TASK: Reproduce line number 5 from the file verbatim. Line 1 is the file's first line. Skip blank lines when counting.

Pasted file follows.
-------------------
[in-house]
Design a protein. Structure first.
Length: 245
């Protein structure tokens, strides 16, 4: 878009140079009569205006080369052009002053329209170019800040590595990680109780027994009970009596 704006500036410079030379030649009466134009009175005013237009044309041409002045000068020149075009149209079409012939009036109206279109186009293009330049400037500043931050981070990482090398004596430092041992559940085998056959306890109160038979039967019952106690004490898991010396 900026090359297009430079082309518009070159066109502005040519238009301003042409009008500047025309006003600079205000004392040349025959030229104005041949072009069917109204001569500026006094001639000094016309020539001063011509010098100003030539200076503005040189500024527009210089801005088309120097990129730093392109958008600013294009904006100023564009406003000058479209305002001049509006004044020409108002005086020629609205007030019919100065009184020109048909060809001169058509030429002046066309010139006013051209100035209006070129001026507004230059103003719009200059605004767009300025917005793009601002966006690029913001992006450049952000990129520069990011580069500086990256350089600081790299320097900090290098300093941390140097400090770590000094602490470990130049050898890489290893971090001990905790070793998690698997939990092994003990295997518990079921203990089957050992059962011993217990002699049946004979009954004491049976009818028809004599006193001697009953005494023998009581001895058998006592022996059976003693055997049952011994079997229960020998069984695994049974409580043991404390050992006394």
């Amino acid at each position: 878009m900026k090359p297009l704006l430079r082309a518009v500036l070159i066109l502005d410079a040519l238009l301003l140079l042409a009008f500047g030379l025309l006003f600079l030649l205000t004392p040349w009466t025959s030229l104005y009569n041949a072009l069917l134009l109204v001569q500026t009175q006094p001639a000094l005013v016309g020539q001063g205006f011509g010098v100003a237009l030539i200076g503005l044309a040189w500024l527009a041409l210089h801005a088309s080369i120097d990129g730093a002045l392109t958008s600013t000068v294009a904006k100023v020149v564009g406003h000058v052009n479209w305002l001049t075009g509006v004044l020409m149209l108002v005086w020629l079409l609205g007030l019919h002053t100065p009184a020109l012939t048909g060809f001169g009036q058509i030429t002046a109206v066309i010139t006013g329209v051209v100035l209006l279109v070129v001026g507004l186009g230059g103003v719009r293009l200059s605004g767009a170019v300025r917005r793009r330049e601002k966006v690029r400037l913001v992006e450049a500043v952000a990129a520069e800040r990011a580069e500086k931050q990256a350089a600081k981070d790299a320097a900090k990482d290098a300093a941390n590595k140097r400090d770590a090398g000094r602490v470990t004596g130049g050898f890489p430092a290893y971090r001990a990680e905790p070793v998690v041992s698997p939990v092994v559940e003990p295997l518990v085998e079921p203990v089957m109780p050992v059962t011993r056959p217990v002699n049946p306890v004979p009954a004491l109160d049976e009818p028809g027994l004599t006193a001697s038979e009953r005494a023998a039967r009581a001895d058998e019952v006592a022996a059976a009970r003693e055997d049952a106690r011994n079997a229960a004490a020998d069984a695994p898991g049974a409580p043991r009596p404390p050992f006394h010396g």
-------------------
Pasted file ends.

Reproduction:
């Amino acid at each position: 878009m900026k090359p297009l704006l430079r082309a518009v500036l070159i066109l502005d410079a040519l238009l301003l140079l042409a009008f500047g030379l025309l006003f600079l030649l205000t004392p040349w009466t025959s030229l104005y009569n041949a072009l069917l134009l109204v001569q500026t009175q006094p001639a000094l005013v016309g020539q001063g205006f011509g010098v100003a237009l030539i200076g503005l044309a040189w500024l527009a041409l210089h801005a088309s080369i120097d990129g730093a002045l392109t958008s600013t000068v294009a904006k100023v020149v564009g406003h000058v052009n479209w305002l001049t075009g509006v004044l020409m149209l108002v005086w020629l079409l609205g007030l019919h002053t100065p009184a020109l012939t048909g060809f001169g009036q058509i030429t002046a109206v066309i010139t006013g329209v051209v100035l209006l279109v070129v001026g507004l186009g230059g103003v719009r293009l200059s605004g767009a170019v300025r917005r793009r330049e601002k966006v690029r400037l913001v992006e450049a500043v952000a990129a520069e800040r990011a580069e500086k931050q990256a350089a600081k981070d790299a320097a900090k990482d290098a300093a941390n590595k140097r400090d770590a090398g000094r602490v470990t004596g130049g050898f890489p430092a290893y971090r001990a990680e905790p070793v998690v041992s698997p939990v092994v559940e003990p295997l518990v085998e079921p203990v089957m109780p050992v059962t011993r056959p217990v002699n049946p306890v004979p009954a004491l109160d049976e009818p028809g027994l004599t006193a001697s038979e009953r005494a023998a039967r009581a001895d058998e019952v006592a022996a059976a009970r003693e055997d049952a106690r011994n079997a229960a004490a020998d069984a695994p898991g049974a409580p043991r009596p404390p050992f006394h010396g």